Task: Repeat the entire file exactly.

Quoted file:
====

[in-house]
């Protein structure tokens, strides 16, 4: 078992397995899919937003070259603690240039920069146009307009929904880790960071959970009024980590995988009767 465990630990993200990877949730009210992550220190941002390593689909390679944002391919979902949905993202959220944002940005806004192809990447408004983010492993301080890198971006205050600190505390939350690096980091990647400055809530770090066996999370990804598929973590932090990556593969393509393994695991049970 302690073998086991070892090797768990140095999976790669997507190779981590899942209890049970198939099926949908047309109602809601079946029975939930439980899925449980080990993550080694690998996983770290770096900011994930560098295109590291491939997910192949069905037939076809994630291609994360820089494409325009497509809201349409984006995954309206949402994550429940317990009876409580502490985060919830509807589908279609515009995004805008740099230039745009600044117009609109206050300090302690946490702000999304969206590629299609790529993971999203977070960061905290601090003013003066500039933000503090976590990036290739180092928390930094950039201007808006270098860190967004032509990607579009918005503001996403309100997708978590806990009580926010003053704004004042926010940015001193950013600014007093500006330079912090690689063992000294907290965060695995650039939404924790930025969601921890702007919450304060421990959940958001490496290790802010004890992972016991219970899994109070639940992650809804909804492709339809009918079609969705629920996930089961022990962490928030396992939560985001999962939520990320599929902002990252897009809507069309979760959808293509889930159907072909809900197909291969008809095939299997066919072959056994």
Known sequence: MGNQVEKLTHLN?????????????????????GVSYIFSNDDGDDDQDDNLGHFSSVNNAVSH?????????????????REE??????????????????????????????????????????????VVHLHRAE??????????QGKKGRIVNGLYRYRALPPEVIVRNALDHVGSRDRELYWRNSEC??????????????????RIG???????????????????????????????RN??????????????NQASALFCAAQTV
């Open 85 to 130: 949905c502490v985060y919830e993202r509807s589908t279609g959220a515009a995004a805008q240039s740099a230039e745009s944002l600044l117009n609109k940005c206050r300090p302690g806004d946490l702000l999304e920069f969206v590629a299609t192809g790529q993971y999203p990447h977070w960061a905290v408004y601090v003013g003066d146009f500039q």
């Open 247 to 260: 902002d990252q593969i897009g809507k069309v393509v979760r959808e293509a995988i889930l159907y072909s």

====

[in-house]
């Protein structure tokens, strides 16, 4: 078992397995899919937003070259603690240039920069146009307009929904880790960071959970009024980590995988009767 465990630990993200990877949730009210992550220190941002390593689909390679944002391919979902949905993202959220944002940005806004192809990447408004983010492993301080890198971006205050600190505390939350690096980091990647400055809530770090066996999370990804598929973590932090990556593969393509393994695991049970 302690073998086991070892090797768990140095999976790669997507190779981590899942209890049970198939099926949908047309109602809601079946029975939930439980899925449980080990993550080694690998996983770290770096900011994930560098295109590291491939997910192949069905037939076809994630291609994360820089494409325009497509809201349409984006995954309206949402994550429940317990009876409580502490985060919830509807589908279609515009995004805008740099230039745009600044117009609109206050300090302690946490702000999304969206590629299609790529993971999203977070960061905290601090003013003066500039933000503090976590990036290739180092928390930094950039201007808006270098860190967004032509990607579009918005503001996403309100997708978590806990009580926010003053704004004042926010940015001193950013600014007093500006330079912090690689063992000294907290965060695995650039939404924790930025969601921890702007919450304060421990959940958001490496290790802010004890992972016991219970899994109070639940992650809804909804492709339809009918079609969705629920996930089961022990962490928030396992939560985001999962939520990320599929902002990252897009809507069309979760959808293509889930159907072909809900197909291969008809095939299997066919072959056994």
Known sequence: MGNQVEKLTHLN?????????????????????GVSYIFSNDDGDDDQDDNLGHFSSVNNAVSH?????????????????REE??????????????????????????????????????????????VVHLHRAE??????????QGKKGRIVNGLYRYRALPPEVIVRNALDHVGSRDRELYWRNSEC??????????????????RIG???????????????????????????????RN??????????????NQASALFCAAQTV
């Open 85 to 130: 949905c502490v985060y919830e993202r509807s589908t279609g959220a515009a995004a805008q240039s740099a230039e745009s944002l600044l117009n609109k940005c206050r300090p302690g806004d946490l702000l999304e920069f969206v590629a299609t192809g790529q993971y999203p990447h977070w960061a905290v408004y601090v003013g003066d146009f500039q």
């Open 247 to 260: 902002d990252q593969i897009g809507k069309v393509v979760r959808e293509a995988i889930l159907y072909s």